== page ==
How did you prepare for the home birth experience?
I read the birth stories in Ina May’s Guide to ChildBirth. And then I saw some YouTube videos about breathing. I didn’t attend any prenatal classes because I felt the one I did in my first pregnancy was a waste of time. To any women considering a home birth, I recommend reading a lot of empowering home birth stories. That was such a cool and chill way to prepare.
What was it like to birth your baby at home?
It was amazing. I used to think “what bullshit!” when I heard people describing births as almost pain-free and orgasmic. But now, having tried to birth in the safe space of my living room, with no pain killers and the rush from riding the waves of the contractions, I can understand what those people are referring to. Rather than being scared of the contractions, I was working with them, breathing through them, almost welcoming them. It was really a revelation. My water broke at 22hrs in the evening, and then the contractions started real slowly, while I was in the bathtub watching “Working Moms". At 1AM I woke up my husband so he could accompany me, at 2AM I called my midwife and at 3.45 I pushed Asta out. So it was quick but calm. And Nola slept through the whole thing.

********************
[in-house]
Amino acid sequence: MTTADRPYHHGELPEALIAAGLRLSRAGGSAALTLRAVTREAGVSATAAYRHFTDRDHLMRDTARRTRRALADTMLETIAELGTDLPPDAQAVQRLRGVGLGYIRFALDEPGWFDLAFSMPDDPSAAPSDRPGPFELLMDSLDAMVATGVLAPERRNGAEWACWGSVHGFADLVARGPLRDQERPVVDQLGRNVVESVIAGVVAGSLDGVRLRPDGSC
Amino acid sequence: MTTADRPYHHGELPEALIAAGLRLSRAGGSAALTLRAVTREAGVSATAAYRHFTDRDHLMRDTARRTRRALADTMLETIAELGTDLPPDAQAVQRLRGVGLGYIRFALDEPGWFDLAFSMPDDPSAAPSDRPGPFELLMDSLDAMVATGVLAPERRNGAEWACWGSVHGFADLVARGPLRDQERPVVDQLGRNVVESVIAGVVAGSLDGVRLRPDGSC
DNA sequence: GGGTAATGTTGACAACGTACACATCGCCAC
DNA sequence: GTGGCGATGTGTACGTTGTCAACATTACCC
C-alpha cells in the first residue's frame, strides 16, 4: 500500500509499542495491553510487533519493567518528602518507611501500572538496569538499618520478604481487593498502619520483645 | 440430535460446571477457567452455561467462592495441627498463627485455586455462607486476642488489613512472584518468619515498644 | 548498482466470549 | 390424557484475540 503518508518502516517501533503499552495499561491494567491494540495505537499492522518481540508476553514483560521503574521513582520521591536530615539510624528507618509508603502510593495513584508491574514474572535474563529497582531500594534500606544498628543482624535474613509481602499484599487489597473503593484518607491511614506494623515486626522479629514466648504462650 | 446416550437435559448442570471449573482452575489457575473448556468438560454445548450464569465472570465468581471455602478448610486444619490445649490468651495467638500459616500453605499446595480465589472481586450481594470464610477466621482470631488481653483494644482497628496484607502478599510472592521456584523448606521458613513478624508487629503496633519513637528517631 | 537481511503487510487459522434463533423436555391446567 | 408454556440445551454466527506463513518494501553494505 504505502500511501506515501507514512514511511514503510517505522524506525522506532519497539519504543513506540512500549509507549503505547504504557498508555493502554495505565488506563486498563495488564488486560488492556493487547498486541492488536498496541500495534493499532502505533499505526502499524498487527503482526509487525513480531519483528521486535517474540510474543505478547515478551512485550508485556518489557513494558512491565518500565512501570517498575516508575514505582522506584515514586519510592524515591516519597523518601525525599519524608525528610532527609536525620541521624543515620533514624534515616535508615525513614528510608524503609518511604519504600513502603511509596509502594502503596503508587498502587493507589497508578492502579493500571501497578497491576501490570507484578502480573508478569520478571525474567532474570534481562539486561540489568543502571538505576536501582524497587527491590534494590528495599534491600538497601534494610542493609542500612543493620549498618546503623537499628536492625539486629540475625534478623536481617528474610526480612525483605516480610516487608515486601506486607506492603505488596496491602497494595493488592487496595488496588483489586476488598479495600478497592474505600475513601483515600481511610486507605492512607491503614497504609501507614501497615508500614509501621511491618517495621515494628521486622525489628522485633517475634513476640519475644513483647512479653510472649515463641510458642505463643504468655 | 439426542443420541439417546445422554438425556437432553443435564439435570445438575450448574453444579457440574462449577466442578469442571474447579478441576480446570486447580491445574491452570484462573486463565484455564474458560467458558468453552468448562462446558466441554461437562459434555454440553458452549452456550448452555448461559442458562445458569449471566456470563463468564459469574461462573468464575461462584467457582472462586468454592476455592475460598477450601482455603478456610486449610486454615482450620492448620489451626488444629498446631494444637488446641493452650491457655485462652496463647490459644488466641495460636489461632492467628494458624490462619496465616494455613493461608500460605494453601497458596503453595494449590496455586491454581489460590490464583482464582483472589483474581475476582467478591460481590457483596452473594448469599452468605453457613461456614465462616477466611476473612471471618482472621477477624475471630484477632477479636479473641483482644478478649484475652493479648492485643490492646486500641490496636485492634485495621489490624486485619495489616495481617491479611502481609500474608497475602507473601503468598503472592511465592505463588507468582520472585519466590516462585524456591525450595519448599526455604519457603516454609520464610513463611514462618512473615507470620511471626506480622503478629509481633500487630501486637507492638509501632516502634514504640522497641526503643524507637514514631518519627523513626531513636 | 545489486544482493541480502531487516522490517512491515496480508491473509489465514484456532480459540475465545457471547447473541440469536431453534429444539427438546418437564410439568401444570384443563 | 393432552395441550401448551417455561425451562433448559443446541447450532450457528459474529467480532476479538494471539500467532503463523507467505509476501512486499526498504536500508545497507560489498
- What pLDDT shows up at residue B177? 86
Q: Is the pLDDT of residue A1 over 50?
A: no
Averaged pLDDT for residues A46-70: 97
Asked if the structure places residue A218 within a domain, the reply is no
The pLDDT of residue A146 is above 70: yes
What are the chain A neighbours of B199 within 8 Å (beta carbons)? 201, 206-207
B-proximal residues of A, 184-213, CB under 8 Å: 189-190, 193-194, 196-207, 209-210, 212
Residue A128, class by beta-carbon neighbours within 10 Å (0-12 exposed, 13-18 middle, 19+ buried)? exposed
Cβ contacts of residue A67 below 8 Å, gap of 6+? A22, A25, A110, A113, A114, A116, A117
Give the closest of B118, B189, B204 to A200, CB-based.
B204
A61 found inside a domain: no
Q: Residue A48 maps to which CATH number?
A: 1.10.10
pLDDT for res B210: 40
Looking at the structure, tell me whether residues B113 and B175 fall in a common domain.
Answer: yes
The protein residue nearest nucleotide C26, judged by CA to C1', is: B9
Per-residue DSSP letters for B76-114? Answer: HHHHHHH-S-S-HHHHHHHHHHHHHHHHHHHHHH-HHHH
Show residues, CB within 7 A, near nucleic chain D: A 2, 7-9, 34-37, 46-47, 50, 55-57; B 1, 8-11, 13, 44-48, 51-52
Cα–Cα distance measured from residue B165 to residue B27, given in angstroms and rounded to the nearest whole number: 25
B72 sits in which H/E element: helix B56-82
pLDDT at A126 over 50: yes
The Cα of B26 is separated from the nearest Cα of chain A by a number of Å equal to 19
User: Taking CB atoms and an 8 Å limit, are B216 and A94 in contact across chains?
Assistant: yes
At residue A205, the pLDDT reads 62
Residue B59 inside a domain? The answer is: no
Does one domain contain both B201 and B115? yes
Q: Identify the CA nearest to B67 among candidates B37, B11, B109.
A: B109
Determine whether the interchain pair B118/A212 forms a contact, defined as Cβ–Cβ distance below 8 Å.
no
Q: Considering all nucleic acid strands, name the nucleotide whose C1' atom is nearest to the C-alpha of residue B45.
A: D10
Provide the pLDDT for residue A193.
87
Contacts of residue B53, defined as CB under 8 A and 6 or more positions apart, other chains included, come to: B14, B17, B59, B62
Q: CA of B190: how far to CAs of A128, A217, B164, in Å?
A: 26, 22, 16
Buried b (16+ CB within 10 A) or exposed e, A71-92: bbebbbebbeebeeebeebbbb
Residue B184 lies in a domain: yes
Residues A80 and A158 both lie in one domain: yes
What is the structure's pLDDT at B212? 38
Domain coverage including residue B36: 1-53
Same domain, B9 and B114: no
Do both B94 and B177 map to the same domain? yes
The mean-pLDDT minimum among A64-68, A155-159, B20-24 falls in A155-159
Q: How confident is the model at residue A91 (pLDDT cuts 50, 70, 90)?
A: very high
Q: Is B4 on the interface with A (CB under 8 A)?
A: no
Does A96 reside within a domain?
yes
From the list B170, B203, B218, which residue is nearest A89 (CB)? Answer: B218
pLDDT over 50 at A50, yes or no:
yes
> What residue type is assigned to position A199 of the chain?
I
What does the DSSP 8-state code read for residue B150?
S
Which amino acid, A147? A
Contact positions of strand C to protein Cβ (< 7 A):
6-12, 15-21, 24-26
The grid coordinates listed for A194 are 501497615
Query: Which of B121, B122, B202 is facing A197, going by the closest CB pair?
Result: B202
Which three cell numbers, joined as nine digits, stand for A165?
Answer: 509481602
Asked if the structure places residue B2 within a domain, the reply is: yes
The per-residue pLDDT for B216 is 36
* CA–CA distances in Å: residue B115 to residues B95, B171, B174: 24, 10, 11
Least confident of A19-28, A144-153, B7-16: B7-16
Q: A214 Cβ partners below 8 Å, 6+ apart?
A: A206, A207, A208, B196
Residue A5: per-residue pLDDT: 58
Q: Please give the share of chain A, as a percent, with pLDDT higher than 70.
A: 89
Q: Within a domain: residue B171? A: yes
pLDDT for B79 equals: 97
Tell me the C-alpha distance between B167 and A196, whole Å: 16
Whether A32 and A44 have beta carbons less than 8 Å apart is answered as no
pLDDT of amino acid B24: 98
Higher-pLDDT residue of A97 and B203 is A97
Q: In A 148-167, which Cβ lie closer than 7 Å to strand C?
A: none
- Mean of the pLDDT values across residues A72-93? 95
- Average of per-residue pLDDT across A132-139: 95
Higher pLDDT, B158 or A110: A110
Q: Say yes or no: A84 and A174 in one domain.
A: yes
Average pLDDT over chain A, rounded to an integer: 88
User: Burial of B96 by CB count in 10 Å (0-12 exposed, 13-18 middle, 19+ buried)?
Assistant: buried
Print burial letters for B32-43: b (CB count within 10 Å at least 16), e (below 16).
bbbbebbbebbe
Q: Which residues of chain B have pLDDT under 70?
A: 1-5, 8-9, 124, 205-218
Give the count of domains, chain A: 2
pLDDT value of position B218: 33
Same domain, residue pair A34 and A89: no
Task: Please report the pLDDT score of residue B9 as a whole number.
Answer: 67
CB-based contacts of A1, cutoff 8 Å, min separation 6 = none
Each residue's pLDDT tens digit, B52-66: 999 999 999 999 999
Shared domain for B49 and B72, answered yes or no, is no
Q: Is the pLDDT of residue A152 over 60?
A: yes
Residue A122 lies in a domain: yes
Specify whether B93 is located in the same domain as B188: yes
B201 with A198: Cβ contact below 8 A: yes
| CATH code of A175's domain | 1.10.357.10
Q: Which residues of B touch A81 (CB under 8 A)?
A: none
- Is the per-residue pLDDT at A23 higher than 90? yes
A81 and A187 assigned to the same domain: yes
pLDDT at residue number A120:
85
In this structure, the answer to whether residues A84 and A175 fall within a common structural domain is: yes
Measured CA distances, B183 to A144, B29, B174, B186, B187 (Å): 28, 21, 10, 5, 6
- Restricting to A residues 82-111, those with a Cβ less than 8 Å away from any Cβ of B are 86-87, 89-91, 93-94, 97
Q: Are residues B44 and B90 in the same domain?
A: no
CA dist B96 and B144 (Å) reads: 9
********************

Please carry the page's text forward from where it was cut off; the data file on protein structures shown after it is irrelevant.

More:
What’s your personal recipe for self-care?
I get a Swedish massage from Dara Heath regularly and then once a week I have some kind of evening activity, whether that’s a dinner, a couple of beers at a bar, a writing workshop, etc. And then in the evenings when the girls are sleeping, I watch a series or read a book. I’m a huge fan of teenage series (Euphoria, Sex Education & Druck, etc) and reading all types of fiction (but especially newer female writers like Otessa Moshfegh, Maggie Nelson & Sheila Heiti).
Any postpartum secret desires?
My best friend djs pretty regularly at Berghain, so I’m dreaming of the next date night where I can go hear her play with my husband, while my mother takes care of the kids.
Speaking of, what was your first night out after pregnancy like?
I guess that was already a week or two after giving birth. In Denmark we are much more loose and liberal than in Germany in regards to alcohol (and coffee) while breastfeeding, and the experts say it’s fine to drink small amounts with your dinner, for instance. But if I plan on having more than half a glass, I pump a 100 ml bottle and let my husband or whoever is around feed her. To gain some perspective, I always remind myself of the study that shows that even if you were to drink 4 beers in a row and get really drunk and then breastfeed at the peak of your drunkness (very much NOT advisable obviously) the amount of alcohol that goes into the milk is equivalent to one sixth of a shot glass of beer. So mothers ought to give themselves a break and drink a bit of wine after their baby has fallen asleep if that’s their definition of self-care (it is for me)!
Any motherhood mantras?
"Whatever works” & “This is just a phase”.
Check out Johanne’s therapy platform It’s Complicated